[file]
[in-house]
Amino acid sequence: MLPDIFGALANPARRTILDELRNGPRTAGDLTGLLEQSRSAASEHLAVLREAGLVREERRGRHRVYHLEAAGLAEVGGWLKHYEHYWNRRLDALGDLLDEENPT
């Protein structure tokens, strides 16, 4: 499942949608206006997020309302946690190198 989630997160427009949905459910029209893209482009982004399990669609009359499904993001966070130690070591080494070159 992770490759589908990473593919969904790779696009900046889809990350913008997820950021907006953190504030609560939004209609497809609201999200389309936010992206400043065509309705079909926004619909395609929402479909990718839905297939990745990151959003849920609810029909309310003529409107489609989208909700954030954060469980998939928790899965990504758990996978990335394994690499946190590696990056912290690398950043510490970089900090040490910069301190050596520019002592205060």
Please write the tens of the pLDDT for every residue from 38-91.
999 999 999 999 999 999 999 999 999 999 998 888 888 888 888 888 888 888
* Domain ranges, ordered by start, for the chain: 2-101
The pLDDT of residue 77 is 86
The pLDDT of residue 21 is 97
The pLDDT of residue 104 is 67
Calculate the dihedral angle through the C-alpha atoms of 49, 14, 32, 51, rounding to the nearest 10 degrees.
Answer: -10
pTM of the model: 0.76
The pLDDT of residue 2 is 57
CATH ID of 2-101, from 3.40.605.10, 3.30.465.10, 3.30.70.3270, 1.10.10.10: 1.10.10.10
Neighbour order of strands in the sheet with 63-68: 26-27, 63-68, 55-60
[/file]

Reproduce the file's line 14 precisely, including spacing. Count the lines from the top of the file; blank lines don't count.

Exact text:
CATH ID of 2-101, from 3.40.605.10, 3.30.465.10, 3.30.70.3270, 1.10.10.10: 1.10.10.10